The role of EHRs in pragmatic clinical trials

Pragmatic clinical trials can use EHR data to help cut costs and human effort associated with randomized clinical trials, according to commentary published in JAMA Network Open on Dec. 28.

The commentary was written by cardiologists Mahmoud Rifai, MD, of Houston-based Baylor College of Medicine; Dipti Itchhaporia, MD, of Newport Beach, Calif.-based Hoag Medical Group; and Salim Virani, MD, PhD, of Baylor College of Medicine. 

The authors noted that randomized clinical trials have strong internal validity, but may not hold up in real-world applications, as clinical care dynamics differ from the controlled setting of a randomized trial.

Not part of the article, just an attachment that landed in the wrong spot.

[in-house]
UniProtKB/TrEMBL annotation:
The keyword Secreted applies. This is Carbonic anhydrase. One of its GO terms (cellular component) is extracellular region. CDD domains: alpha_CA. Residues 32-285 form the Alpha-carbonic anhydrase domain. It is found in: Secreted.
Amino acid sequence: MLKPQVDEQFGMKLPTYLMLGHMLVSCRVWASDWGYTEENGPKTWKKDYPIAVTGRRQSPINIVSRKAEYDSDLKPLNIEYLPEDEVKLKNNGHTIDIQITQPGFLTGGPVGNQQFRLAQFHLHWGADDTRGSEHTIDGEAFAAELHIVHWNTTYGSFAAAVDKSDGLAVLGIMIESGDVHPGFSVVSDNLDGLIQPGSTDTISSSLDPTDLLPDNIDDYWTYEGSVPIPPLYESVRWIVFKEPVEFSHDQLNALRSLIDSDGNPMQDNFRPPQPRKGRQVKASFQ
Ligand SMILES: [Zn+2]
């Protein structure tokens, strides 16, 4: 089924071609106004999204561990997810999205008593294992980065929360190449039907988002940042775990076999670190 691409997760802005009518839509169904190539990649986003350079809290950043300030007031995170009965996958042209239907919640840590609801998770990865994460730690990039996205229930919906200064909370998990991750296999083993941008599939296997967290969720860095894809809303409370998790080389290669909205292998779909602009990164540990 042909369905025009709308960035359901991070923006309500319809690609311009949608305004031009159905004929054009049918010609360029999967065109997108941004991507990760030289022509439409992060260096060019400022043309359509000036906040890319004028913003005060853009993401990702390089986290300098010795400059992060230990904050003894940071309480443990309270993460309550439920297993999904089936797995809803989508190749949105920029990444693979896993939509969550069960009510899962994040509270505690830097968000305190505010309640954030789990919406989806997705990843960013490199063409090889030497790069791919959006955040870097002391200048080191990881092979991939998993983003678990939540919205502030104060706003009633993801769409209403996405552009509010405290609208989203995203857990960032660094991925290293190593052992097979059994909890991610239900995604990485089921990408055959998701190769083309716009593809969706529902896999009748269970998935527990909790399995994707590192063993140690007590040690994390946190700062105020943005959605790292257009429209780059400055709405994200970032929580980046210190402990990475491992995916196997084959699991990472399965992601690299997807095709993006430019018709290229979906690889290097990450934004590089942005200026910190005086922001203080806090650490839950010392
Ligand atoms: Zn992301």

Pragmatic trials, which are conducted in "everyday settings," can cover limitations and costs associated with conducting traditional randomized clinical trials, the authors said in the commentary.

EHRs can also cut costs, as data collected from them does not require participant contract or adjudications, which can be costly. 

"Assessment of study outcomes via linkage with EMRs decreases burden on the participants and the research team," the authors said in the commentary. "This is especially important in the current COVID-19 pandemic."


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